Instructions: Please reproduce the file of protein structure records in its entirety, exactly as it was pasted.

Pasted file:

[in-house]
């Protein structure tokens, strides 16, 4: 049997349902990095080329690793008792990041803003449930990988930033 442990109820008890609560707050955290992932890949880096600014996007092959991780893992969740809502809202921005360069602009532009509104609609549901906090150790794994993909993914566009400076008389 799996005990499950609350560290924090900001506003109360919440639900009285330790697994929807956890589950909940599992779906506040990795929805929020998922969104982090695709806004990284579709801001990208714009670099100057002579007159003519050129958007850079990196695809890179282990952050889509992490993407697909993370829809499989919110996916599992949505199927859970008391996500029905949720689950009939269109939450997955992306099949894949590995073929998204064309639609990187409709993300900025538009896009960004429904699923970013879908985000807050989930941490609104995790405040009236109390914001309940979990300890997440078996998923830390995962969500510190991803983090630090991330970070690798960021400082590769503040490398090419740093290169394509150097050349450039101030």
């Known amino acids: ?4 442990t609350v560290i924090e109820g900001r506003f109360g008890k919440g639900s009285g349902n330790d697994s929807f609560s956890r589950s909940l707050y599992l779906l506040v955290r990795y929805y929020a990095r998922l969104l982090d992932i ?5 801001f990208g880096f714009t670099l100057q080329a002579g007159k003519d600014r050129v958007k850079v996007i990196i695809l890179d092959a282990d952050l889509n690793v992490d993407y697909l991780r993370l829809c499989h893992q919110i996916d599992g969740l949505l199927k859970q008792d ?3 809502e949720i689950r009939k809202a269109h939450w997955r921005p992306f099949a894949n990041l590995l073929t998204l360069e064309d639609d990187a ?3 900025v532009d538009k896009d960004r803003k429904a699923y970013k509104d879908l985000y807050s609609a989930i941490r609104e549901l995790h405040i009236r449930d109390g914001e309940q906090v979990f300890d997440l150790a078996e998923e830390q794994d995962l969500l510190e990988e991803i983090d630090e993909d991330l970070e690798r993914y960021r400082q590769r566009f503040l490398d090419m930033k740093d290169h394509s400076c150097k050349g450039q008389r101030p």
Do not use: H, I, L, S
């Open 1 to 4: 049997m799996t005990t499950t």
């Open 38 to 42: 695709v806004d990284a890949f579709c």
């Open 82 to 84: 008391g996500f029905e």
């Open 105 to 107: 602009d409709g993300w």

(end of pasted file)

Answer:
[in-house]
């Protein structure tokens, strides 16, 4: 049997349902990095080329690793008792990041803003449930990988930033 442990109820008890609560707050955290992932890949880096600014996007092959991780893992969740809502809202921005360069602009532009509104609609549901906090150790794994993909993914566009400076008389 799996005990499950609350560290924090900001506003109360919440639900009285330790697994929807956890589950909940599992779906506040990795929805929020998922969104982090695709806004990284579709801001990208714009670099100057002579007159003519050129958007850079990196695809890179282990952050889509992490993407697909993370829809499989919110996916599992949505199927859970008391996500029905949720689950009939269109939450997955992306099949894949590995073929998204064309639609990187409709993300900025538009896009960004429904699923970013879908985000807050989930941490609104995790405040009236109390914001309940979990300890997440078996998923830390995962969500510190991803983090630090991330970070690798960021400082590769503040490398090419740093290169394509150097050349450039101030």
């Known amino acids: ?4 442990t609350v560290i924090e109820g900001r506003f109360g008890k919440g639900s009285g349902n330790d697994s929807f609560s956890r589950s909940l707050y599992l779906l506040v955290r990795y929805y929020a990095r998922l969104l982090d992932i ?5 801001f990208g880096f714009t670099l100057q080329a002579g007159k003519d600014r050129v958007k850079v996007i990196i695809l890179d092959a282990d952050l889509n690793v992490d993407y697909l991780r993370l829809c499989h893992q919110i996916d599992g969740l949505l199927k859970q008792d ?3 809502e949720i689950r009939k809202a269109h939450w997955r921005p992306f099949a894949n990041l590995l073929t998204l360069e064309d639609d990187a ?3 900025v532009d538009k896009d960004r803003k429904a699923y970013k509104d879908l985000y807050s609609a989930i941490r609104e549901l995790h405040i009236r449930d109390g914001e309940q906090v979990f300890d997440l150790a078996e998923e830390q794994d995962l969500l510190e990988e991803i983090d630090e993909d991330l970070e690798r993914y960021r400082q590769r566009f503040l490398d090419m930033k740093d290169h394509s400076c150097k050349g450039q008389r101030p």
Do not use: H, I, L, S
């Open 1 to 4: 049997m799996t005990t499950t």
């Open 38 to 42: 695709v806004d990284a890949f579709c």
């Open 82 to 84: 008391g996500f029905e």
């Open 105 to 107: 602009d409709g993300w």